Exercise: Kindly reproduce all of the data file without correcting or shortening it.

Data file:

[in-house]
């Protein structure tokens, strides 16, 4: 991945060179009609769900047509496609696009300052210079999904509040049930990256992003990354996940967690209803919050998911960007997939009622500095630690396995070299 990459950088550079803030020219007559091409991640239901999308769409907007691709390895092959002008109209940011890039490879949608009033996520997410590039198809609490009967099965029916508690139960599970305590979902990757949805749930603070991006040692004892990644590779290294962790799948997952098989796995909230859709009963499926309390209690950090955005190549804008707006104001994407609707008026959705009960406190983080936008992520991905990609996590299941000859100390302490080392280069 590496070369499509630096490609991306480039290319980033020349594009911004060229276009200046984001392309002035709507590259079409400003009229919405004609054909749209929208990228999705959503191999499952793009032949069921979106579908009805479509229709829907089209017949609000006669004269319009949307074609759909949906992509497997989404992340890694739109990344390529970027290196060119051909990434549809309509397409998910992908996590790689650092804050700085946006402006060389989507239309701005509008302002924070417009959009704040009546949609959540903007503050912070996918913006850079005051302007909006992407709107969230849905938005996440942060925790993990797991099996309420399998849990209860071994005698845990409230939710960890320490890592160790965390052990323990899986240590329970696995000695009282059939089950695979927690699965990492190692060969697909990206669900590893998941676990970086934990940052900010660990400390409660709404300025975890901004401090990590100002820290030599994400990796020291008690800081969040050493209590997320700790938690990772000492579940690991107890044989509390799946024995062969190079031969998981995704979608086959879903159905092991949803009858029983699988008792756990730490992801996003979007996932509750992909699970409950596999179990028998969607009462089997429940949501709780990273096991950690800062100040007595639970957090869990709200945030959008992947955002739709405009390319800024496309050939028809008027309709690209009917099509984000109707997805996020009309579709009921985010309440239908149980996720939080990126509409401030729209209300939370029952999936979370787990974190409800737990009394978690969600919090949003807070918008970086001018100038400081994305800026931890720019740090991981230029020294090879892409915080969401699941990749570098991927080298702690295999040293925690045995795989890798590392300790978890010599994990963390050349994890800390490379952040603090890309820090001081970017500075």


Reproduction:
[in-house]
């Protein structure tokens, strides 16, 4: 991945060179009609769900047509496609696009300052210079999904509040049930990256992003990354996940967690209803919050998911960007997939009622500095630690396995070299 990459950088550079803030020219007559091409991640239901999308769409907007691709390895092959002008109209940011890039490879949608009033996520997410590039198809609490009967099965029916508690139960599970305590979902990757949805749930603070991006040692004892990644590779290294962790799948997952098989796995909230859709009963499926309390209690950090955005190549804008707006104001994407609707008026959705009960406190983080936008992520991905990609996590299941000859100390302490080392280069 590496070369499509630096490609991306480039290319980033020349594009911004060229276009200046984001392309002035709507590259079409400003009229919405004609054909749209929208990228999705959503191999499952793009032949069921979106579908009805479509229709829907089209017949609000006669004269319009949307074609759909949906992509497997989404992340890694739109990344390529970027290196060119051909990434549809309509397409998910992908996590790689650092804050700085946006402006060389989507239309701005509008302002924070417009959009704040009546949609959540903007503050912070996918913006850079005051302007909006992407709107969230849905938005996440942060925790993990797991099996309420399998849990209860071994005698845990409230939710960890320490890592160790965390052990323990899986240590329970696995000695009282059939089950695979927690699965990492190692060969697909990206669900590893998941676990970086934990940052900010660990400390409660709404300025975890901004401090990590100002820290030599994400990796020291008690800081969040050493209590997320700790938690990772000492579940690991107890044989509390799946024995062969190079031969998981995704979608086959879903159905092991949803009858029983699988008792756990730490992801996003979007996932509750992909699970409950596999179990028998969607009462089997429940949501709780990273096991950690800062100040007595639970957090869990709200945030959008992947955002739709405009390319800024496309050939028809008027309709690209009917099509984000109707997805996020009309579709009921985010309440239908149980996720939080990126509409401030729209209300939370029952999936979370787990974190409800737990009394978690969600919090949003807070918008970086001018100038400081994305800026931890720019740090991981230029020294090879892409915080969401699941990749570098991927080298702690295999040293925690045995795989890798590392300790978890010599994990963390050349994890800390490379952040603090890309820090001081970017500075």